Distance signs - how accurate are they?

Distance signs - how accurate are they?

By David Woodfill / ADOT Communications
April 14, 2021

We passed them every day without giving them much consideration.

They're the big, green guide signs on the side of the road telling you the distance between you and your destination, whether it be Tucson, Flagstaff or the tiny census-designated area of Why.

Have you ever wondered how accurate they are?

The answer would be "very."

The measurements are determined by something literally named a Distance Measurement Instrument, or DMI.

"DMIs are more accurate versus an odometer." said John Roberts, ADOT's Systems Technology Manager. "Odometers are considered accurate within 10 percent."

In other words, if you travel 100 miles, your odometer can be off by up to 10 miles.

DMIs, however, are accurate to within one foot, Roberts said.

So, does that mean that every city listed on a guide sign is exactly as far away as the sign says it is - down to within one foot?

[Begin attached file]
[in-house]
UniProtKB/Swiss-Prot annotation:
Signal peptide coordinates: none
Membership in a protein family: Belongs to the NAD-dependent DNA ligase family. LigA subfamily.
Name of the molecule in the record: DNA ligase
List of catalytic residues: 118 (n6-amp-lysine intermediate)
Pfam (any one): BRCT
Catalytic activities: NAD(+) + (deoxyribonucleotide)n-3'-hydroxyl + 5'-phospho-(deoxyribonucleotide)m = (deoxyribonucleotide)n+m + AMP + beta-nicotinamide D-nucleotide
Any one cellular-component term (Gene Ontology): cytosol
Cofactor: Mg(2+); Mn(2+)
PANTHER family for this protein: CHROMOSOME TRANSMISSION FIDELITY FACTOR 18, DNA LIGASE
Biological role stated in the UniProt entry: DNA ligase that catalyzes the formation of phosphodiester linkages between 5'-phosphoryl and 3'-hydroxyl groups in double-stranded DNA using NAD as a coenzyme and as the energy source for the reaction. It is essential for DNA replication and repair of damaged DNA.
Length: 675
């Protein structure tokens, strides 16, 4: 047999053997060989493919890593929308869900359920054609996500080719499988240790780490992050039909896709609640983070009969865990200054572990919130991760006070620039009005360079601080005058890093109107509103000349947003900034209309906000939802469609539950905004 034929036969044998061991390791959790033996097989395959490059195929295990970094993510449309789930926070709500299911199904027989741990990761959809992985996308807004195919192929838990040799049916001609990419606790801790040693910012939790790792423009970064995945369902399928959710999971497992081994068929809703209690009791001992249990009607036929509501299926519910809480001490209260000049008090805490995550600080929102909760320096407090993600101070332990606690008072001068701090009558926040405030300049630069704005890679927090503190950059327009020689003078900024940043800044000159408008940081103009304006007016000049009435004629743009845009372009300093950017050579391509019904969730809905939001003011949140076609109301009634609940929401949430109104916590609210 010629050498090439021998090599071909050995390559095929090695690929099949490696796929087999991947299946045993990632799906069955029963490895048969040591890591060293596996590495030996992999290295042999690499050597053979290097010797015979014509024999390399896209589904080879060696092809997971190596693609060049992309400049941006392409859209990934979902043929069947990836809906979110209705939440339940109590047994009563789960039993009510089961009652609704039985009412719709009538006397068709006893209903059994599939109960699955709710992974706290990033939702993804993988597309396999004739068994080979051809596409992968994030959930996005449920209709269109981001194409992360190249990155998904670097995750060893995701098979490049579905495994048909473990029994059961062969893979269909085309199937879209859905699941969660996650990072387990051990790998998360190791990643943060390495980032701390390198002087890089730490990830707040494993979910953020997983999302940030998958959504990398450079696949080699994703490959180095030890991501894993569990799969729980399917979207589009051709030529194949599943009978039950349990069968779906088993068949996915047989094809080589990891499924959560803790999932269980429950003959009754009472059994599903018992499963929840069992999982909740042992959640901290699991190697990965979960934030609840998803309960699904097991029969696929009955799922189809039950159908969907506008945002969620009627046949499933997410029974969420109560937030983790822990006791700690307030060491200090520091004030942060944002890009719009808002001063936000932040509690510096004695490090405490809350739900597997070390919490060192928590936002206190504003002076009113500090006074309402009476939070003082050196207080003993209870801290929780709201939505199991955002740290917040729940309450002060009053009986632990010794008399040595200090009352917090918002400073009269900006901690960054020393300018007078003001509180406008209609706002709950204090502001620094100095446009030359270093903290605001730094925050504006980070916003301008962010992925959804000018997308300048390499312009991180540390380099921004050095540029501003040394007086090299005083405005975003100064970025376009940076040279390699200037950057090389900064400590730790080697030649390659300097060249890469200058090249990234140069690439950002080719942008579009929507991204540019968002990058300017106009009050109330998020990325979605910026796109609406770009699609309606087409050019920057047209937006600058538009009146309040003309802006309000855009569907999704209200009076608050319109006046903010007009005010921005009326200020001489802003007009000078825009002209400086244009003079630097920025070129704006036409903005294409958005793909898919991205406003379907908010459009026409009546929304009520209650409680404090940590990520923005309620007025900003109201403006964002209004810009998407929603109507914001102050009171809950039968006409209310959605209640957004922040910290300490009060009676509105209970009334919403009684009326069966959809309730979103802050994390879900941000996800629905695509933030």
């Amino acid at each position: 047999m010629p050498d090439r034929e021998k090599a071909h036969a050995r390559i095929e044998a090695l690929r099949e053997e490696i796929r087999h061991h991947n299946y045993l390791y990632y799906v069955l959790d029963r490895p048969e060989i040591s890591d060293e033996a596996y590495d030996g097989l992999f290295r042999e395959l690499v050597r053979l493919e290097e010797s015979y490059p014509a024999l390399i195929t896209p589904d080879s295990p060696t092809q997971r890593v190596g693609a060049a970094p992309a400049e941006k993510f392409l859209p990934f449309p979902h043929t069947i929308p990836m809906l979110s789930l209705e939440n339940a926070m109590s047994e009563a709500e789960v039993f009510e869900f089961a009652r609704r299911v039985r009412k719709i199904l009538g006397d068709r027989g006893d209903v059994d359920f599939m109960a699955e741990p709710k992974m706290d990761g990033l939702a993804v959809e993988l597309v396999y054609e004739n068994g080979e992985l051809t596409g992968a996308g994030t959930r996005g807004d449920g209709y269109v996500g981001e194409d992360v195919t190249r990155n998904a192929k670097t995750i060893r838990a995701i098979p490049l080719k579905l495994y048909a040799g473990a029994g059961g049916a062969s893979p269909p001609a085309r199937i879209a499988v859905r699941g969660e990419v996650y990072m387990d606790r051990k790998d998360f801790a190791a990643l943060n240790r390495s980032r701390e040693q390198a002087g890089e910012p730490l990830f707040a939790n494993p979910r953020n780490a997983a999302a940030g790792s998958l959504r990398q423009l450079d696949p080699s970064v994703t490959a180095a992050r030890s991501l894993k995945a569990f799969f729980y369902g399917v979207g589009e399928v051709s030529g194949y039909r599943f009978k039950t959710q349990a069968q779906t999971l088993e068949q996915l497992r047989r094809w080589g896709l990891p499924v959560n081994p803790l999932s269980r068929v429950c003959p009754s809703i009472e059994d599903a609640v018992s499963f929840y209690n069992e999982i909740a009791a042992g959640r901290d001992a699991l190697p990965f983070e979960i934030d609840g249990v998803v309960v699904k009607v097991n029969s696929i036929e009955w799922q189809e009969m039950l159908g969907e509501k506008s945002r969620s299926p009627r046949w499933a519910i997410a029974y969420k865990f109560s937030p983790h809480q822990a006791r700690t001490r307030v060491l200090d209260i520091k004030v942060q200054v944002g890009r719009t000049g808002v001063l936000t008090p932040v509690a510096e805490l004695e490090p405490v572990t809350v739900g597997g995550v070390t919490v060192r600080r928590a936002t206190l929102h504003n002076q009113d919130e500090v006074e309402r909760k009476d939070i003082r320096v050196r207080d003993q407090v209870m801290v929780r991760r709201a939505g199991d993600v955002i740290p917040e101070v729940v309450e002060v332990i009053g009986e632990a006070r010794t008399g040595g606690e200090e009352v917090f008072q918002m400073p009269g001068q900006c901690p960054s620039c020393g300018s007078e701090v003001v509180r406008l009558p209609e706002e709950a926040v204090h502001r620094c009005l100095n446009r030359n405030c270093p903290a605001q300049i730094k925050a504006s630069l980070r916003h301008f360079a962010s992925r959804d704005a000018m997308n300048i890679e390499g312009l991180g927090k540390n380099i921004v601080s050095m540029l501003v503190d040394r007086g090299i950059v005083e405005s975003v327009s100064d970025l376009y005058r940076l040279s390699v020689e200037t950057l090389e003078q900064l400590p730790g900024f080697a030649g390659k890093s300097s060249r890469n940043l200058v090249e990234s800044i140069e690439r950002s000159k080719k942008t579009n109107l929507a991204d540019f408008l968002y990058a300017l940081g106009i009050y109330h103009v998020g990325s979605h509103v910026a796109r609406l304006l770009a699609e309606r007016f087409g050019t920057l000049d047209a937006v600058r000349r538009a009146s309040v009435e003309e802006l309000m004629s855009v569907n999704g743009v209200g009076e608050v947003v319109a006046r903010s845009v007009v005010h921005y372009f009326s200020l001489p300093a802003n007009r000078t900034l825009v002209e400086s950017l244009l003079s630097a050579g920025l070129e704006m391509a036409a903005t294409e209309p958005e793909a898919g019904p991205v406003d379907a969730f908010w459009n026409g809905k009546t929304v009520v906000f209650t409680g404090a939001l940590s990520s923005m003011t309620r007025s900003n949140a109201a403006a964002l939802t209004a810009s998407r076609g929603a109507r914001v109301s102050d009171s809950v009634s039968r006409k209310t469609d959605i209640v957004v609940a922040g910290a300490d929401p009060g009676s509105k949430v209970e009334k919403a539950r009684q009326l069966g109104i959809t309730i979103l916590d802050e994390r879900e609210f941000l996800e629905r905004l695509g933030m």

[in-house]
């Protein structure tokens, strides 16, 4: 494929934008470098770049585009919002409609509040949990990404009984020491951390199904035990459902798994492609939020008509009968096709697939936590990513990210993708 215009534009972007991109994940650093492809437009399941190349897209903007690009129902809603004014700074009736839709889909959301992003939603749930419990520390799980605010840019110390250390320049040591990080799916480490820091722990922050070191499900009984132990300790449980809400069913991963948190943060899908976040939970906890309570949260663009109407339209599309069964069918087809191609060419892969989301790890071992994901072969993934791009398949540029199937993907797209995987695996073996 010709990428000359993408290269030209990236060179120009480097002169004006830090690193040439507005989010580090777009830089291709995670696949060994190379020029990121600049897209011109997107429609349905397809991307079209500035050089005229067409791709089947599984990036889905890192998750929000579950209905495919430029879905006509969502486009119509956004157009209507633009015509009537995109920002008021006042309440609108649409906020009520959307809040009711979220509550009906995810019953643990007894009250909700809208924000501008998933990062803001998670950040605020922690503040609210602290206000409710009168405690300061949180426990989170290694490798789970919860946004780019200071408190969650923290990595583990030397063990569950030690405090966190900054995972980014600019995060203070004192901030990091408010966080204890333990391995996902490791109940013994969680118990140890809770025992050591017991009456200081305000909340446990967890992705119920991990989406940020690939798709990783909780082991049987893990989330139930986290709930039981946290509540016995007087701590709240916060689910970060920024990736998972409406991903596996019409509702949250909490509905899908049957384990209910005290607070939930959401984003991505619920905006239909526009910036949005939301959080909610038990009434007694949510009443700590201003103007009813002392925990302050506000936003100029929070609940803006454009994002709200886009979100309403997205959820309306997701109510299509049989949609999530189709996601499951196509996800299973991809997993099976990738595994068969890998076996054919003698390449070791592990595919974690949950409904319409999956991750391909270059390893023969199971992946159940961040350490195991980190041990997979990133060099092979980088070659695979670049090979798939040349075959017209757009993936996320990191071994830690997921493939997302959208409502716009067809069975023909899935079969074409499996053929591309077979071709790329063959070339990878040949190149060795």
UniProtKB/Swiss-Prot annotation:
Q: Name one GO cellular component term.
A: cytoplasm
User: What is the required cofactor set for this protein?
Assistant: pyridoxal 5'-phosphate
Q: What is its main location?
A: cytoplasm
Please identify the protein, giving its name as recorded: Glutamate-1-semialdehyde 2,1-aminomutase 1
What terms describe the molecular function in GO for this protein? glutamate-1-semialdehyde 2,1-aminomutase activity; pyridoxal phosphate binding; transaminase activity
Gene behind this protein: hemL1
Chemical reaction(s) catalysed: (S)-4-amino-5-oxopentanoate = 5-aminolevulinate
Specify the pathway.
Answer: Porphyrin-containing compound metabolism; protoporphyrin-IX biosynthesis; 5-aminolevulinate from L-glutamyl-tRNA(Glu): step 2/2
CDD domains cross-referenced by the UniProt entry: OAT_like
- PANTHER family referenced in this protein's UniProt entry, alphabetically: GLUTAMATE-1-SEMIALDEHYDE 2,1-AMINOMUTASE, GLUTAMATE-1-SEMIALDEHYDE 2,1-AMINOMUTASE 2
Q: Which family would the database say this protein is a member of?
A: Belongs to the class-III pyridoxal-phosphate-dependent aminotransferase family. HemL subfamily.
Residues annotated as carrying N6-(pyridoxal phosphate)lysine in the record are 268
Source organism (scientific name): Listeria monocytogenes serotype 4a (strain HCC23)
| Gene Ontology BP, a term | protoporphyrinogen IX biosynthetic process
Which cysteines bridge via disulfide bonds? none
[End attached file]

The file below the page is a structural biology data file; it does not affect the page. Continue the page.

Not quite.

If that were the case, there wouldn't be enough room on the signs to accommodate all the decimal spaces that would be required. 

Instead, the distance displayed is rounded to the nearest mile to the city's "center."

How is the "center" of a municipality determined? It's anything determined to be significant near the center of that community.

As we explained in an earlier blog, the center could be the town hall, post office or a railroad crossing.

So, next time your road-tripping down a dusty Arizona highway with some friends or family and you see one of these green signs, take a moment to impress your travel mates with your new knowledge. 

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